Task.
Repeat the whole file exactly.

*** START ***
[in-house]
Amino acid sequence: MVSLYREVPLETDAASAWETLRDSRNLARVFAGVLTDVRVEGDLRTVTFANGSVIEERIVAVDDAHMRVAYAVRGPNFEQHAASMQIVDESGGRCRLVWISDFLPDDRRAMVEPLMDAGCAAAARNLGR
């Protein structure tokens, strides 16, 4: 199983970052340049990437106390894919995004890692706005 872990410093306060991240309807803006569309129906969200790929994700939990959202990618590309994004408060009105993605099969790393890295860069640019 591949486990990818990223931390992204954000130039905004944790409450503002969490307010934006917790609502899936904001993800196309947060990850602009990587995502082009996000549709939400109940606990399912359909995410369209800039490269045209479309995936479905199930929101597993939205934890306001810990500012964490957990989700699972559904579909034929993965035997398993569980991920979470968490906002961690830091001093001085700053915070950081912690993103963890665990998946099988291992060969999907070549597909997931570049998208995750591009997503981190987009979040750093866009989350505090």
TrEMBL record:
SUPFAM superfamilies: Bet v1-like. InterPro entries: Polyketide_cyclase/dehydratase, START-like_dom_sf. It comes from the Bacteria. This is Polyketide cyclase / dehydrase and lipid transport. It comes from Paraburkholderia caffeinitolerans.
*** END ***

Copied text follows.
[in-house]
Amino acid sequence: MVSLYREVPLETDAASAWETLRDSRNLARVFAGVLTDVRVEGDLRTVTFANGSVIEERIVAVDDAHMRVAYAVRGPNFEQHAASMQIVDESGGRCRLVWISDFLPDDRRAMVEPLMDAGCAAAARNLGR
């Protein structure tokens, strides 16, 4: 199983970052340049990437106390894919995004890692706005 872990410093306060991240309807803006569309129906969200790929994700939990959202990618590309994004408060009105993605099969790393890295860069640019 591949486990990818990223931390992204954000130039905004944790409450503002969490307010934006917790609502899936904001993800196309947060990850602009990587995502082009996000549709939400109940606990399912359909995410369209800039490269045209479309995936479905199930929101597993939205934890306001810990500012964490957990989700699972559904579909034929993965035997398993569980991920979470968490906002961690830091001093001085700053915070950081912690993103963890665990998946099988291992060969999907070549597909997931570049998208995750591009997503981190987009979040750093866009989350505090």
TrEMBL record:
SUPFAM superfamilies: Bet v1-like. InterPro entries: Polyketide_cyclase/dehydratase, START-like_dom_sf. It comes from the Bacteria. This is Polyketide cyclase / dehydrase and lipid transport. It comes from Paraburkholderia caffeinitolerans.